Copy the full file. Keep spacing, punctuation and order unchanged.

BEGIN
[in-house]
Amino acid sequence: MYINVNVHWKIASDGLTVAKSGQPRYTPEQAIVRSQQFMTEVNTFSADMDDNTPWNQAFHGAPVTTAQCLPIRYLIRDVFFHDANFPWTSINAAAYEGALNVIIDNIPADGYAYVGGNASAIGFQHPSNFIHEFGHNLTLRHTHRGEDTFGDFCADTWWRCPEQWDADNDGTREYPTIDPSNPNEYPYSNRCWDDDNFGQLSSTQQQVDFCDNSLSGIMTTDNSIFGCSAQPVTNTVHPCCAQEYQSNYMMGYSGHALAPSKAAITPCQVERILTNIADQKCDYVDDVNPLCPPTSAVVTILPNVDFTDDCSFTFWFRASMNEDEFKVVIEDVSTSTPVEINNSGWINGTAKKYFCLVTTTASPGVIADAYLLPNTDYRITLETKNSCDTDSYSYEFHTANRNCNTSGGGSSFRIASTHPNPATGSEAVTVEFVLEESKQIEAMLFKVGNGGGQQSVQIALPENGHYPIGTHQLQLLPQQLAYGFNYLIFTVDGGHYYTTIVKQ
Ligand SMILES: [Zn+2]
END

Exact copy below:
[in-house]
Amino acid sequence: MYINVNVHWKIASDGLTVAKSGQPRYTPEQAIVRSQQFMTEVNTFSADMDDNTPWNQAFHGAPVTTAQCLPIRYLIRDVFFHDANFPWTSINAAAYEGALNVIIDNIPADGYAYVGGNASAIGFQHPSNFIHEFGHNLTLRHTHRGEDTFGDFCADTWWRCPEQWDADNDGTREYPTIDPSNPNEYPYSNRCWDDDNFGQLSSTQQQVDFCDNSLSGIMTTDNSIFGCSAQPVTNTVHPCCAQEYQSNYMMGYSGHALAPSKAAITPCQVERILTNIADQKCDYVDDVNPLCPPTSAVVTILPNVDFTDDCSFTFWFRASMNEDEFKVVIEDVSTSTPVEINNSGWINGTAKKYFCLVTTTASPGVIADAYLLPNTDYRITLETKNSCDTDSYSYEFHTANRNCNTSGGGSSFRIASTHPNPATGSEAVTVEFVLEESKQIEAMLFKVGNGGGQQSVQIALPENGHYPIGTHQLQLLPQQLAYGFNYLIFTVDGGHYYTTIVKQ
Ligand SMILES: [Zn+2]